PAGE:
PINELLAS PARK, Fla.--(federal lawsuit against Biomet Orthopedics, LLC and Biomet Inc. regarding alleged an defective metal on metal Biomet M2-a Magnum hip system implanted into Darryl Richards. While the Biomet M2-a Magnum hip system has not been recalled, there have been numerous adverse event reports associated with this hip system. According to Attorney Joseph Saunders, the problems associated with this hip system involve similar design defects and failures associated with other failed hip replacement implant systems that have been recalled. This includes the release of the metal cobalt and chromium ions. Saunders claims that in this particular case, the surgeon performing the revision found metal staining on the tissue inside the hip from the metal from the Biomet magnum implant that had to be removed.)--Attorney Joseph H. Saunders of nationwide law firm Saunders & Walker P.A. has filed a
Research has shown that the metal on metal hip replacement implants have a higher than normal failure rate and secrete metal particles into the bloodstream. This condition is known as metallosis.
The Biomet M2-a Magnum hip system is not the only metal on metal hip replacement implant device that has experienced higher than acceptable failure rates. According to Attorney Saunders, hip replacement implant systems such as the DePuy ASR XL, the DePuy Pinnacle, and the Wright ProFemur Total Hip System, have all experienced design defects that may cause those who received them pain and suffering. Each of the above named hip replacement systems are the subject of medical device lawsuits.
The metal-on-metal M2-a hip system is considered by the FDA to be a Class III device, meaning it operates to sustain life, is of substantial importance in preventing impairment of human life, or it poses potentially unreasonable risks of harm to humans. This last definition is important because this particular hip system, the Biomet M2-a Magnum, is the subject of this lawsuit and has been classified Class III by the FDA. When it was introduced to the marketplace, it was “grandfathered” and therefore allowed to bypass the rigorous testing process required by other medical devices. The reason for this exception concerns the hip system’s classification as being a device that is substantially similar to other, pre-approved medical devices, which is the requirement for devices classified as Class II. In the lawsuit, it is alleged that Biomet knew or should have known that its M2-a Magnum hip system could lead to metallosis and other health complications. However, the company allegedly failed to subject the system to further testing and clearance prior to marketing the device. As early as 1996, (the M2-a Magnum hip system was approved in 2004) Dr. Jonathan Black, Ph.D., warned in a medical journal article that such metal-on-metal hip devices posed significant risks to potential patients because too little was known at the time concerning the effects of metallic debris which might be caused by the design of these hip replacement implants.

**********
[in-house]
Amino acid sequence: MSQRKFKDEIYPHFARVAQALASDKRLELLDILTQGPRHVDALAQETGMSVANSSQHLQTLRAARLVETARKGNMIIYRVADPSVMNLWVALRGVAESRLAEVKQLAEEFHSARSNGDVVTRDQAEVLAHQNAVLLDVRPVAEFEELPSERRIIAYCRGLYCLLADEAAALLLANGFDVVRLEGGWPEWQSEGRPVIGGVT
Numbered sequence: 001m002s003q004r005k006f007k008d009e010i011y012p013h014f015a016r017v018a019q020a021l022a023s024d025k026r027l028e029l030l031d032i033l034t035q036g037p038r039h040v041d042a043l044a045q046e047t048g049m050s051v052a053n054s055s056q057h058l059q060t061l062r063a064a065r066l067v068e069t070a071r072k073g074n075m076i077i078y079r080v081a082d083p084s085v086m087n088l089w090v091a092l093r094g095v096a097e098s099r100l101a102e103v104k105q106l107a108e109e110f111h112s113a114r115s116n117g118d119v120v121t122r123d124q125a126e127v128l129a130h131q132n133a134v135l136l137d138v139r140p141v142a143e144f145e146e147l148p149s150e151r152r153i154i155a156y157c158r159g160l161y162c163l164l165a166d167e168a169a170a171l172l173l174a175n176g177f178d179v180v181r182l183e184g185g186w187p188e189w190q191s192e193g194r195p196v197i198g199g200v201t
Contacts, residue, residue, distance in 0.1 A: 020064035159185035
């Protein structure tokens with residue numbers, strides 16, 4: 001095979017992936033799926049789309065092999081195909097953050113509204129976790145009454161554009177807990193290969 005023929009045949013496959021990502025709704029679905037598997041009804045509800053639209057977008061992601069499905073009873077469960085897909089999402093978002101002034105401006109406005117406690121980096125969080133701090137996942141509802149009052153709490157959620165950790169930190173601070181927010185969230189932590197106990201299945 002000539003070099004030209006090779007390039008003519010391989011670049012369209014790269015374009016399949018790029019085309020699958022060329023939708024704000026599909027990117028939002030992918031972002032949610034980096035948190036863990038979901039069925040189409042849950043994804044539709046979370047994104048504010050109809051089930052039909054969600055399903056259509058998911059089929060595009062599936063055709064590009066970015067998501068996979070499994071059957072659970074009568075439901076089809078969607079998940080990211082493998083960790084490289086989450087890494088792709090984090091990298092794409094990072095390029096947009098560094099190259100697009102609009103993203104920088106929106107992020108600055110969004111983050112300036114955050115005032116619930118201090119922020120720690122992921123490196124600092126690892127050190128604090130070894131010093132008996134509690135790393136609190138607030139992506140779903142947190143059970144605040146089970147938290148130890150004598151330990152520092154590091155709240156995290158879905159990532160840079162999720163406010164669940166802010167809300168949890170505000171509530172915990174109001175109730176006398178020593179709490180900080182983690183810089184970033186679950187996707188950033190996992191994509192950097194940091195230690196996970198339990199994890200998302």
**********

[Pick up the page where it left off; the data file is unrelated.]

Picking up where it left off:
The Biomet M2-a Magnum hip replacement system, in similarity to those manufactured by DePuy and Wright Medical Technology, were marketed as superior hip devices without scientific support of such claims. Furthermore, the known risks of these new devices far outweighed the stated or proven benefits to patients.